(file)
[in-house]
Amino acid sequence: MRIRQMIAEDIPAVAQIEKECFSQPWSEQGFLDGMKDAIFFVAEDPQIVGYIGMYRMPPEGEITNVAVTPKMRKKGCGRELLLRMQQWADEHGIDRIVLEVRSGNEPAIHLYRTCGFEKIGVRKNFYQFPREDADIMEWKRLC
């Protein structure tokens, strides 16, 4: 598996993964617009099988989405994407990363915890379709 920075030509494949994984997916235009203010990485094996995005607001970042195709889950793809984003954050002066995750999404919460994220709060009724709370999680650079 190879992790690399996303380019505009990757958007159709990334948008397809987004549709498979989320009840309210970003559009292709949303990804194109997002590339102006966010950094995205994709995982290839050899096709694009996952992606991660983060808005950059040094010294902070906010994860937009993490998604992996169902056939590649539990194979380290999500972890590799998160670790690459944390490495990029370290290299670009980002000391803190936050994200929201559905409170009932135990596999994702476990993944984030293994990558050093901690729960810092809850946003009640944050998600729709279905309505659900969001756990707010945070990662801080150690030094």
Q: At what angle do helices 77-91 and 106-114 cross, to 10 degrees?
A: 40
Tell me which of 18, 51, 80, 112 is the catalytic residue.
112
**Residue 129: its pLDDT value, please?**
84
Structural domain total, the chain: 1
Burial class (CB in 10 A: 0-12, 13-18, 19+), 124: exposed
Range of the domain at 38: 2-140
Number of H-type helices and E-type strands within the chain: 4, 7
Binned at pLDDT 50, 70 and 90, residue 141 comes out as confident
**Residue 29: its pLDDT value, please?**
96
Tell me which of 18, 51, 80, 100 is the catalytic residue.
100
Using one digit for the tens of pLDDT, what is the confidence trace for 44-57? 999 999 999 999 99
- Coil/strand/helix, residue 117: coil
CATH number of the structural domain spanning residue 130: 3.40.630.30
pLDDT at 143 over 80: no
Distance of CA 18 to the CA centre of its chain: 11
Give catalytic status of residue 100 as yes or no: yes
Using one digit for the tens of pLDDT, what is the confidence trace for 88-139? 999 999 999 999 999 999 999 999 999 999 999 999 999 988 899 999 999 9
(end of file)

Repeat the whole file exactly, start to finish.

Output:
[in-house]
Amino acid sequence: MRIRQMIAEDIPAVAQIEKECFSQPWSEQGFLDGMKDAIFFVAEDPQIVGYIGMYRMPPEGEITNVAVTPKMRKKGCGRELLLRMQQWADEHGIDRIVLEVRSGNEPAIHLYRTCGFEKIGVRKNFYQFPREDADIMEWKRLC
């Protein structure tokens, strides 16, 4: 598996993964617009099988989405994407990363915890379709 920075030509494949994984997916235009203010990485094996995005607001970042195709889950793809984003954050002066995750999404919460994220709060009724709370999680650079 190879992790690399996303380019505009990757958007159709990334948008397809987004549709498979989320009840309210970003559009292709949303990804194109997002590339102006966010950094995205994709995982290839050899096709694009996952992606991660983060808005950059040094010294902070906010994860937009993490998604992996169902056939590649539990194979380290999500972890590799998160670790690459944390490495990029370290290299670009980002000391803190936050994200929201559905409170009932135990596999994702476990993944984030293994990558050093901690729960810092809850946003009640944050998600729709279905309505659900969001756990707010945070990662801080150690030094």
Q: At what angle do helices 77-91 and 106-114 cross, to 10 degrees?
A: 40
Tell me which of 18, 51, 80, 112 is the catalytic residue.
112
**Residue 129: its pLDDT value, please?**
84
Structural domain total, the chain: 1
Burial class (CB in 10 A: 0-12, 13-18, 19+), 124: exposed
Range of the domain at 38: 2-140
Number of H-type helices and E-type strands within the chain: 4, 7
Binned at pLDDT 50, 70 and 90, residue 141 comes out as confident
**Residue 29: its pLDDT value, please?**
96
Tell me which of 18, 51, 80, 100 is the catalytic residue.
100
Using one digit for the tens of pLDDT, what is the confidence trace for 44-57? 999 999 999 999 99
- Coil/strand/helix, residue 117: coil
CATH number of the structural domain spanning residue 130: 3.40.630.30
pLDDT at 143 over 80: no
Distance of CA 18 to the CA centre of its chain: 11
Give catalytic status of residue 100 as yes or no: yes
Using one digit for the tens of pLDDT, what is the confidence trace for 88-139? 999 999 999 999 999 999 999 999 999 999 999 999 999 988 899 999 999 9